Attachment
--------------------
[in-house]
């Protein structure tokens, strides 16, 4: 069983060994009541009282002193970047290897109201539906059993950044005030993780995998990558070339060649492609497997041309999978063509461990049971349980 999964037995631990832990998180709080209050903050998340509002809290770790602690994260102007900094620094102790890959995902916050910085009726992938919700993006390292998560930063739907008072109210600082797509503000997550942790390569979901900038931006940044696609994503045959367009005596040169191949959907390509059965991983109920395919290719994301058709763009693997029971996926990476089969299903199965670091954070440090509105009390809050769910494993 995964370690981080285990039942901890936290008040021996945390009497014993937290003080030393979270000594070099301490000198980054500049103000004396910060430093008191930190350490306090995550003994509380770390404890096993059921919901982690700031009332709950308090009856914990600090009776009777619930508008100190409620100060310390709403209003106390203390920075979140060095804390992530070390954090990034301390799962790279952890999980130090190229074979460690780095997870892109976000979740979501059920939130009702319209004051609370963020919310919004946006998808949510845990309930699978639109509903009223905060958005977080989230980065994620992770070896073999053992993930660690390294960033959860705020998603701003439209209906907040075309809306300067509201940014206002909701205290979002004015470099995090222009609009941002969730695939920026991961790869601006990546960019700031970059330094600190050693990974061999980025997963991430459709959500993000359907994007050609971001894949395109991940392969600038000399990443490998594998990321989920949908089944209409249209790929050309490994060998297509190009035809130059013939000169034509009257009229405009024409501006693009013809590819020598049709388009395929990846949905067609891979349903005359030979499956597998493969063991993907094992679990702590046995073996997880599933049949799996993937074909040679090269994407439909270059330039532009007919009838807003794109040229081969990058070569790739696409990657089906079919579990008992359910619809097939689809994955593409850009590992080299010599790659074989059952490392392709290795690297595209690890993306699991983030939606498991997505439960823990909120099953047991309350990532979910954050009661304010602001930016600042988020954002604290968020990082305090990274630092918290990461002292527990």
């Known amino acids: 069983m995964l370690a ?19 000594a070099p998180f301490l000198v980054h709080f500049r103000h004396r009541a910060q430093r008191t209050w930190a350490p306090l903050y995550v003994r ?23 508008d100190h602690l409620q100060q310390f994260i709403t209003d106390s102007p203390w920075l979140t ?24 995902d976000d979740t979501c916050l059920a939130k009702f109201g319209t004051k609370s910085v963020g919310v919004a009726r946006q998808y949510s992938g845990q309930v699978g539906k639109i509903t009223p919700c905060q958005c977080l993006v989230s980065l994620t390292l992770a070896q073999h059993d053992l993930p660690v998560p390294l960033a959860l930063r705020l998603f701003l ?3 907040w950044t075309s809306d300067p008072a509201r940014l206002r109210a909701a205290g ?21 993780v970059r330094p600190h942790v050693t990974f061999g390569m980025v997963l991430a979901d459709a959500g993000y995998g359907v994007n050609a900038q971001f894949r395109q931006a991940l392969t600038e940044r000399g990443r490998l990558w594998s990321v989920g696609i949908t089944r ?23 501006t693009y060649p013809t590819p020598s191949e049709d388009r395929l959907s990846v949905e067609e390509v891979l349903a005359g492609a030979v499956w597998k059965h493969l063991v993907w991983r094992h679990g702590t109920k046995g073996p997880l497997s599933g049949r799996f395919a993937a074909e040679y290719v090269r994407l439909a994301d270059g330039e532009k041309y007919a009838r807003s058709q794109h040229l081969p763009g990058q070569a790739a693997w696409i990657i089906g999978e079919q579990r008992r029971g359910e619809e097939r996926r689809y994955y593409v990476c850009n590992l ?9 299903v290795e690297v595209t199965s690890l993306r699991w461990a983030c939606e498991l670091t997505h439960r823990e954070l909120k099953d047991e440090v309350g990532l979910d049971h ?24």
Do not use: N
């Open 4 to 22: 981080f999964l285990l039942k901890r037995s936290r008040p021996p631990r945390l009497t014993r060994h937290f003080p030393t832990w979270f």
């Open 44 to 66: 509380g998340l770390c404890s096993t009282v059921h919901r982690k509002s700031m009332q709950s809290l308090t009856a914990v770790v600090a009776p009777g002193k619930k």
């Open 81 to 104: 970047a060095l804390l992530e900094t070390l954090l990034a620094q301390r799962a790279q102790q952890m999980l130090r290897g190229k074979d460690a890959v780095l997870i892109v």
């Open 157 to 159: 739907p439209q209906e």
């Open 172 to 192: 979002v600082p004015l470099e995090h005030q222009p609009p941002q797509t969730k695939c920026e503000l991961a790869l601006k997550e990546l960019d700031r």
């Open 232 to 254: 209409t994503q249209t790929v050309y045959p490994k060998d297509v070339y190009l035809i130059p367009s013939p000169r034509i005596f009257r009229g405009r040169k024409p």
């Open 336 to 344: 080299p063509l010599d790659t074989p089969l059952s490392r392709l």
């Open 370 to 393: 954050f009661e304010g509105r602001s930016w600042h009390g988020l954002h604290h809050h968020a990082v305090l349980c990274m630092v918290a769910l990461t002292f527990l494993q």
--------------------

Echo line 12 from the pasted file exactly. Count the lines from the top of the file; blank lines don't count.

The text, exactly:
């Open 370 to 393: 954050f009661e304010g509105r602001s930016w600042h009390g988020l954002h604290h809050h968020a990082v305090l349980c990274m630092v918290a769910l990461t002292f527990l494993q």